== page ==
An 82-year-old retired engineer from Melbourne, Tozer spent more than 12 years writing the book after discovering by chance that the Frith family were well-known silhouette artists in England.
A great-grandson of Henry Frith’s brother, Frederick, he had entered the family name into a genealogy website and was contacted by an English man about silhouettes produced by the Friths in the early 19th century.
John Frith and his three children, Frederick, Henry and Letitia, travelled the UK inviting the middle classes to sit for these portraits, cutting profiles from card and sometimes delicately highlighting them in gold.
In the 1850s, when the art form had been overtaken by photographic portraiture, the three younger Friths migrated to Australia, where they adapted to the new medium and produced a record of 19th century Tasmania and Victoria.
Tozer is uncertain what prompted Henry’s later move to New Zealand but says he was a "restless" figure, had probably heard of the gold discoveries in Otago and knew that if he stayed in Tasmania, he would be in competition with his brother.
"He was a bit of a character, I’m sure of that. He had some stoushes with people."
One of those rows resulted in him being summoned to court in Cork, Ireland, in 1849. Frith had hung likenesses of a local wine merchant and a county official outside his rooms. One was stirring a tumbler of punch for the other, who appeared to be drunk. The men’s solicitor asked Frith to remove the picture but he instead hung the solicitor’s letter next to the caricature and, once in court, sketched the legal team employed against him. Despite one of the solicitor’s warning he would "spatter" his brains "on the flags" if he held him up to public gaze, he displayed the pictures, causing amusement among the public.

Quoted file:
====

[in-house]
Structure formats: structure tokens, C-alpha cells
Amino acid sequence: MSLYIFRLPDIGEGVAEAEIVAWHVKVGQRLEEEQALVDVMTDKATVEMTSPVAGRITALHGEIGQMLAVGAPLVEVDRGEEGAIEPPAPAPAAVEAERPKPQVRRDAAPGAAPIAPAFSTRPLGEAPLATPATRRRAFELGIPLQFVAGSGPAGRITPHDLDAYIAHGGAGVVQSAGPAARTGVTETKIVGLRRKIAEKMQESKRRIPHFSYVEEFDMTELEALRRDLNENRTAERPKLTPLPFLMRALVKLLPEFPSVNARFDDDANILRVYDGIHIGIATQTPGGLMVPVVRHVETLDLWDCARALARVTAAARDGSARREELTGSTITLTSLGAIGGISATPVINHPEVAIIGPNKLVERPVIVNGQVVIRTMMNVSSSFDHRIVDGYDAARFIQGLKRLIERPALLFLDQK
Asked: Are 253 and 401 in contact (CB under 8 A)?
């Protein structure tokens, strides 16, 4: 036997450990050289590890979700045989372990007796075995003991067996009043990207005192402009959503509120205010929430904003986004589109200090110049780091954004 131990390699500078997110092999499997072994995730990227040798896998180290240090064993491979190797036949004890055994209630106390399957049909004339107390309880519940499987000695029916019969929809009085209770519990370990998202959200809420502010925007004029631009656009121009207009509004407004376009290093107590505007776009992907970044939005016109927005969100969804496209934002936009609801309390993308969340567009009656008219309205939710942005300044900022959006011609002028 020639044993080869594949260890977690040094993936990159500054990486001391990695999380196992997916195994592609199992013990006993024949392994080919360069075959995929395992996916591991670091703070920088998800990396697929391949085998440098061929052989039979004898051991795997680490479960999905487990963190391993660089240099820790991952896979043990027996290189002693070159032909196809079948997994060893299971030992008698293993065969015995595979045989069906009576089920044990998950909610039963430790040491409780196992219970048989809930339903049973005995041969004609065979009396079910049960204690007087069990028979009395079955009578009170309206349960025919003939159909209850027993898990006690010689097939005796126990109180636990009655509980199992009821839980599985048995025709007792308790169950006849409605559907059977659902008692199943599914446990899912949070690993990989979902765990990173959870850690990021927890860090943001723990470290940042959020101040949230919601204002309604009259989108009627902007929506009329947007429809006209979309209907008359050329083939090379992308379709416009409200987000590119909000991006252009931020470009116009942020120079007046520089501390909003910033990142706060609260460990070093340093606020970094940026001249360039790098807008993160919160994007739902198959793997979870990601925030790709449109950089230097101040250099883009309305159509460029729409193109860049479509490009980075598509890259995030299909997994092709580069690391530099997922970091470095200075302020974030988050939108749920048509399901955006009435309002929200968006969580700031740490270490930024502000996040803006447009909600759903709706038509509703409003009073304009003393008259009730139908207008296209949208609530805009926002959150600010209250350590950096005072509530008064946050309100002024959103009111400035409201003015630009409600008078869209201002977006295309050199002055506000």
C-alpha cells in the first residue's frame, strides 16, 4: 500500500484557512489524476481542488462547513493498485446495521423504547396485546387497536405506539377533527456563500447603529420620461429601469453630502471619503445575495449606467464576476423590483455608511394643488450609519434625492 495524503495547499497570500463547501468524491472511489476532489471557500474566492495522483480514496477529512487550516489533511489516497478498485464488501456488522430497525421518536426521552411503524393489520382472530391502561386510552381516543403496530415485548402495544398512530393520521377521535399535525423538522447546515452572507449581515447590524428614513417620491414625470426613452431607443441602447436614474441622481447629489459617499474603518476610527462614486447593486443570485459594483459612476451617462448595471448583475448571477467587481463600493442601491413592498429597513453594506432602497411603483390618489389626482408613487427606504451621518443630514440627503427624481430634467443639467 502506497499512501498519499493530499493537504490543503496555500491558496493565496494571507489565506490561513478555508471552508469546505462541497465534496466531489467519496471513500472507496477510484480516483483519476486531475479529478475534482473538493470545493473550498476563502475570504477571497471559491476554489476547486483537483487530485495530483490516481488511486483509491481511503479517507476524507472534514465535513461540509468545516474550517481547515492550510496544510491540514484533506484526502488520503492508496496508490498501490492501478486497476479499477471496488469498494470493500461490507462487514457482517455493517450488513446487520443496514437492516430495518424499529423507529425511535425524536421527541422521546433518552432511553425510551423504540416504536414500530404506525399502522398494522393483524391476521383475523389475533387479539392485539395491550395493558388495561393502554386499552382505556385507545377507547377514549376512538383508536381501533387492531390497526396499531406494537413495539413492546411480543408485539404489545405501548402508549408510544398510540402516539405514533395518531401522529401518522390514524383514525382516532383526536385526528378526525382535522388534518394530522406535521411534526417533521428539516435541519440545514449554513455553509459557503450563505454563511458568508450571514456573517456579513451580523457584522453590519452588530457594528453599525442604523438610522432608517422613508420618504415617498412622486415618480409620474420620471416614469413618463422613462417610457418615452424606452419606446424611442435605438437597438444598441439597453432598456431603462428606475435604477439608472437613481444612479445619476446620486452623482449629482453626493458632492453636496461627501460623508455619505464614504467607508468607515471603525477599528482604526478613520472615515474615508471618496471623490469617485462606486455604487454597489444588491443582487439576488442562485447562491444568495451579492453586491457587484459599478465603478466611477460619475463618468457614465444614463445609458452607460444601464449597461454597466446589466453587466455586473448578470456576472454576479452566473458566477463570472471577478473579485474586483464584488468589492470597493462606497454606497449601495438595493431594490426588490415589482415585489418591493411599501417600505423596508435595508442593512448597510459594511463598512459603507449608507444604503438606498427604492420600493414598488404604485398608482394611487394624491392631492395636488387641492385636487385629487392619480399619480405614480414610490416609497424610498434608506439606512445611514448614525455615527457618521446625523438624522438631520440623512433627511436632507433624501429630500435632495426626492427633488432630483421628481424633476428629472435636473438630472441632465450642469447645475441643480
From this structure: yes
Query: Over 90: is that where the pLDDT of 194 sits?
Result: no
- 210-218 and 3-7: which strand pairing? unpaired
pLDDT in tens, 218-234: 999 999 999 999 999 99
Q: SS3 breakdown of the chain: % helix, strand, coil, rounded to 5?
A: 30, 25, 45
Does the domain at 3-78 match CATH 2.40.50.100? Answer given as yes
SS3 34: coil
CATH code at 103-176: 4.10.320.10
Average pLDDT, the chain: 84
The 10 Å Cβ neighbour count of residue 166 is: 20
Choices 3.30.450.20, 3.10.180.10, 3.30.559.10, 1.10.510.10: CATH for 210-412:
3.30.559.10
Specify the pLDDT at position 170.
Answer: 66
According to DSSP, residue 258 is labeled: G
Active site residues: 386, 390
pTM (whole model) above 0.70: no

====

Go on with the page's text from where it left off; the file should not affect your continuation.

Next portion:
Henry Frith spent three years in Dunedin and continued to work in New Zealand until the mid-1890s, first in Thames, then in Auckland.
While prominent in the production of "views", he also produced portraits mounted on tiny cartes-de-visite (CdVs) and larger cabinet cards.
One of his CdVs — so named because they were the size of a visiting or business card — shows an unidentified elderly Maori man with a moko and is thought to have been taken in Dunedin in about 1868. Tozer says it is a striking image and he would love to establish who the man was.
Frith may not have been a "great" photographer but one of his legacies, besides his landscapes, is his portraits of indigenous people, he says.
In Australia, at the request of the government, he photographed the last full-blooded Aborigines living in Tasmania. Here, about 50 of his portraits of Maori people are part of the Sir George Grey Special Collections at Auckland Library.
The Maori portraits might have been taken at the request of the subjects but were more likely for his own commercial gain.
Other Frith photos are probably "buried" in people’s cupboards, waiting to be discovered, Tozer adds.
"There’s been a couple of Hobart [found] since the book was published ... and I wouldn’t be surprised if more turn up."